Now that I’ve had top surgery, I’d like to stop thinking about what to do next and settle back into my butch/transgender self. Without feeling pressured to be on some trajectory with an endpoint. WIthout being swept away by someone else’s idea of the transgender narrative.
The pressure to keep going is subtle. The unspoken assumption is that next year I’ll be taking T and using the men’s room. That transition has a starting line and a finish line and once the starting gun goes off all the participants are full speed ahead on the shortest path. There is no place in that race for a meandering half-baked genderqueer person.
An acquaintance ran into me on the street and we chatted. Later, she asked Donna how long I’ve taken testosterone for (I don’t) and if I’ve always had a mustache. Yes. I’ve always had what I refer to as my “Fu” but no one said anything about it until I changed my name. My Fu is most prominent on my upper right lip. I neither want my Fu to spread and grow nor do I want it to disappear. I’m fond of it. I never shaved, plucked, or bleached it (chin hairs are another story).
I’d like to regain my patience with whatever it is that I am doing. I lost it in the build up to top surgery, when I was overcome by that feeling of MUST DO THIS NOW. Now there is no rush to do anything else and the quietness makes me uncomfortable. Should I be doing something else? Is it really OK to stop here? I completely understand guys who are in a rush to transition and who want the changes to come as fast as humanly possible (voice drop, muscle mass, jaw square, facial hair). They want to look definitively masculine and be consistently read as male.
I can’t say I’m satisfied with how with how I’m read by other people. I feel misgendered regardless of whether I’m called Sir or Ma’am. My appearance confuses people.
RIght now I feel as trans as I want to be, and as butch as I want to be. I want to keep tinkering until I get the right balance of internal and external gender expression.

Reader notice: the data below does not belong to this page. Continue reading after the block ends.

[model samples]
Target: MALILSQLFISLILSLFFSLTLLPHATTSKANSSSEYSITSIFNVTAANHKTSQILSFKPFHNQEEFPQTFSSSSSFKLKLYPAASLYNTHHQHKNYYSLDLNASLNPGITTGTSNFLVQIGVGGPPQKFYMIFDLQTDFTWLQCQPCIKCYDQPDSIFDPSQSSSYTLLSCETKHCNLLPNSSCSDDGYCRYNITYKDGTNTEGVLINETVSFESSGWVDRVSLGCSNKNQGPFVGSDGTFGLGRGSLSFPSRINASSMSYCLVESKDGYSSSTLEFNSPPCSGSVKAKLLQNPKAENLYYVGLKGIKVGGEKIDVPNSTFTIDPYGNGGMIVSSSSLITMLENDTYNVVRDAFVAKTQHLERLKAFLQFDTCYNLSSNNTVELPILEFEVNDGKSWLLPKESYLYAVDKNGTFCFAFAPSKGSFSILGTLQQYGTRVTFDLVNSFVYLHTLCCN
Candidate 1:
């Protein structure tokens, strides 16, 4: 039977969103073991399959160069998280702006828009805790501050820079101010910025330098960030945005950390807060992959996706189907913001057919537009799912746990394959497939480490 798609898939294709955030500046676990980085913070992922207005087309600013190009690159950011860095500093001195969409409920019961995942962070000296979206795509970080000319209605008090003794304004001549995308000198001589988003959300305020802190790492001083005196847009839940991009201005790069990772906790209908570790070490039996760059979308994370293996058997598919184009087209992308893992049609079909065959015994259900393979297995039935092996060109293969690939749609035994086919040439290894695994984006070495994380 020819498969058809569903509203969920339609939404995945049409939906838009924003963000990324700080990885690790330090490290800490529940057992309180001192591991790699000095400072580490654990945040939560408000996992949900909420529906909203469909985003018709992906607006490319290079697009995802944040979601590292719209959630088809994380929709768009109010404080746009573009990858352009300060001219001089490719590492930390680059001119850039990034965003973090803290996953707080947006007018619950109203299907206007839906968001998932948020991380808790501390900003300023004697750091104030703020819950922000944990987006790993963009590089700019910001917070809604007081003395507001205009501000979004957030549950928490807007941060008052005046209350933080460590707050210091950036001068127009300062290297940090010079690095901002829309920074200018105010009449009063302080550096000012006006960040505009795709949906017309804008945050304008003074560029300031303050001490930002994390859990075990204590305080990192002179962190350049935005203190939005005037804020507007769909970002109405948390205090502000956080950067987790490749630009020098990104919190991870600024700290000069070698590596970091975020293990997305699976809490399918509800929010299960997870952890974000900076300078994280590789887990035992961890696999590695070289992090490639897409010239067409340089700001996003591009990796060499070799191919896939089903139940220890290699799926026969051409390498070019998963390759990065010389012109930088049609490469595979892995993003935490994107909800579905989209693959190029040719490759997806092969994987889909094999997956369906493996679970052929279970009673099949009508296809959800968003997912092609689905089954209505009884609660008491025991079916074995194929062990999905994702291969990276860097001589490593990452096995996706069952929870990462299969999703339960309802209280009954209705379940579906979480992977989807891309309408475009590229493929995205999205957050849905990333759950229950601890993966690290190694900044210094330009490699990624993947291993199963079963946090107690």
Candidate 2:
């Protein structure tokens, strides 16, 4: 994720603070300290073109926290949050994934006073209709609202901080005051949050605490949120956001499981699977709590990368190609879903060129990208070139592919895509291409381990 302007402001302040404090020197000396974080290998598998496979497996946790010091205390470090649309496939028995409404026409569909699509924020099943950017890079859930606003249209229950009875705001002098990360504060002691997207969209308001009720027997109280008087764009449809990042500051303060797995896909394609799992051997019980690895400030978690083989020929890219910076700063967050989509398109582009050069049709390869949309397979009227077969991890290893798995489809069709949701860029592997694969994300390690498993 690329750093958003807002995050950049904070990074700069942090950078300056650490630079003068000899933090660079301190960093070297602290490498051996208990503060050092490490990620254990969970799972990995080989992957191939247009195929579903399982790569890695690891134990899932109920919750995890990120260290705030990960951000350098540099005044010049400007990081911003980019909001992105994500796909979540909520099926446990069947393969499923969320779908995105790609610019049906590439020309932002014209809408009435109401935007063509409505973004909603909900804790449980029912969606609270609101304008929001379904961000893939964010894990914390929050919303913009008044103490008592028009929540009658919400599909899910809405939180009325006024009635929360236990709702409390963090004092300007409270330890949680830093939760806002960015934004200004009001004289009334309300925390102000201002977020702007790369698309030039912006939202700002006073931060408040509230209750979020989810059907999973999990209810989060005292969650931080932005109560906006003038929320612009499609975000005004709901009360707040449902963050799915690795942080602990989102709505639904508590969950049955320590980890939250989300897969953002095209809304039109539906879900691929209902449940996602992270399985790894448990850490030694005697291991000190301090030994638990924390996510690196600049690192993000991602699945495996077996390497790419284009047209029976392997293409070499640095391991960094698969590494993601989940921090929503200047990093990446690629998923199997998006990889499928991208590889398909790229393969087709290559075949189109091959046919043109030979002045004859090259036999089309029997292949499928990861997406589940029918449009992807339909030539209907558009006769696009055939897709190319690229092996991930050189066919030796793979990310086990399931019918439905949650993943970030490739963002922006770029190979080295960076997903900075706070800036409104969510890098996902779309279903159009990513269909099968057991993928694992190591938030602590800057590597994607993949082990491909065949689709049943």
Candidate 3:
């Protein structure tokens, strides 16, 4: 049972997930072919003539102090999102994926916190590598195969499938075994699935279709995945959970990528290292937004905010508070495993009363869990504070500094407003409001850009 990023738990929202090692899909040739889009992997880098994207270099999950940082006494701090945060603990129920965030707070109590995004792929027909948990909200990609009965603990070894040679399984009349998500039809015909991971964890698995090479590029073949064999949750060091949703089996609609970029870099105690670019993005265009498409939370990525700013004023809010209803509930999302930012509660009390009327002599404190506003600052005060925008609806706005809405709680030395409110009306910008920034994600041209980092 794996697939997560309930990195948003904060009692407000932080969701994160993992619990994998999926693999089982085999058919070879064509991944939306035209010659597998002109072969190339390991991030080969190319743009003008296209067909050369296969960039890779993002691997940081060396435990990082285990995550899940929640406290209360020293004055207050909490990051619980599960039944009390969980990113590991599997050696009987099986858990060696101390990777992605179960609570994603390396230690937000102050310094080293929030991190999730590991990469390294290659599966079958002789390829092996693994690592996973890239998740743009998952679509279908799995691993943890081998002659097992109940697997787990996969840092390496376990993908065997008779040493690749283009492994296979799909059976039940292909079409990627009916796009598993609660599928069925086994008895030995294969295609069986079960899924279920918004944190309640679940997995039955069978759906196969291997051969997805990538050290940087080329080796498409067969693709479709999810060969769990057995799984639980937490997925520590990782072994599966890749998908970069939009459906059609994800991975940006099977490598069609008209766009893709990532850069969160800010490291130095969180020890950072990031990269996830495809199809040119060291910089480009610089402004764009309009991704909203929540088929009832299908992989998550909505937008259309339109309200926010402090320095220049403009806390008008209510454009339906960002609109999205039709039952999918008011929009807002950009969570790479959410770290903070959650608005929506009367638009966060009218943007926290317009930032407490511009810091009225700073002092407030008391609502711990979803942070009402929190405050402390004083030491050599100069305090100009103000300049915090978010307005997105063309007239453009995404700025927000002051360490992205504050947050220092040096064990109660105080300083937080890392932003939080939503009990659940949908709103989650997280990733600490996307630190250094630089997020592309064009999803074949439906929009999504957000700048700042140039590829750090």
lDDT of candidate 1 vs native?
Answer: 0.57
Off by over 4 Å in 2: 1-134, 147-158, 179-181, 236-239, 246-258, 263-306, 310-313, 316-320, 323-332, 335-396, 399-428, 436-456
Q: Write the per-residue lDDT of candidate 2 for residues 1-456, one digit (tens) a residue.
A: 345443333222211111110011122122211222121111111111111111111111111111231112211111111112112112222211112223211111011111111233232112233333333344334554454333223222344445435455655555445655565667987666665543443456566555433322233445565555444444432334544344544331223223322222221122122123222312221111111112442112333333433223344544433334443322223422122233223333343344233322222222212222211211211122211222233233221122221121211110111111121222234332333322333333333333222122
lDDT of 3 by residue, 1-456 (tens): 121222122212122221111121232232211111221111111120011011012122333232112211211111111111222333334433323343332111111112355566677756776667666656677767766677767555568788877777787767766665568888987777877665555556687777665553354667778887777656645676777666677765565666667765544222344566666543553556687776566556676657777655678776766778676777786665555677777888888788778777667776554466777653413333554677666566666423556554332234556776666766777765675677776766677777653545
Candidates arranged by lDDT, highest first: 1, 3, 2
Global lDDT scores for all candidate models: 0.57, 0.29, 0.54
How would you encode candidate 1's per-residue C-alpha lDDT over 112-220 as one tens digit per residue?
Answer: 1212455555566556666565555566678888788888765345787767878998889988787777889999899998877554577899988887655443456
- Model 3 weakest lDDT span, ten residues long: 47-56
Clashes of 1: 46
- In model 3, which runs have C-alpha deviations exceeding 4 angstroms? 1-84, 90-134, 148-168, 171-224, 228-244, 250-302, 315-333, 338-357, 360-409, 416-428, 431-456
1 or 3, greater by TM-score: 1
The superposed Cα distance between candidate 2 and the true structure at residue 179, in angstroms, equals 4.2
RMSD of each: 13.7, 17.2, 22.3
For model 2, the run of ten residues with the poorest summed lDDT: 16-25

Sometimes I feel an internal pressure to transition, mostly due to self-doubt and the fear that if I don’t transition I will never fit in. I can imagine comfort in following a path, a set of directives, with an endpoint of M. I have the awkward deportment of a tween; not comfortable playing with the children or conversing with the adults. It is a lonely place.
Newton’s Third Law of Motion says that for every action there is an equal and opposite reaction. As soon as I start thinking about organized standardized medical transition my rebellious self asks “Who made the rules and why should I follow them?” And ultimately I don’t.
Every morning I brush my teeth and look up in the mirror. Lately I’ve noticed my Fu, and wondered why it is there. For every trans person like me who likes their mustache or is waiting for one to grow in, there is an equal and opposite trans person wishing their five o’clock shadow would disappear. And we are all looking in our mirrors trying to make the best of it.
Notes: Marcel Duchamp was an artist associated with Cubism, Surrealism, and Dadaism, although he avoided being labeled as such. His art is gender-bending, playful, and punning. The photo is by Man Ray, and is of Marcel Duchamp in the created role of Rrose Selavy – which, like any good drag name, has multiple meanings. In French it transliterates into “Eros, c’est la vie” i.e. “Eros, such is life.”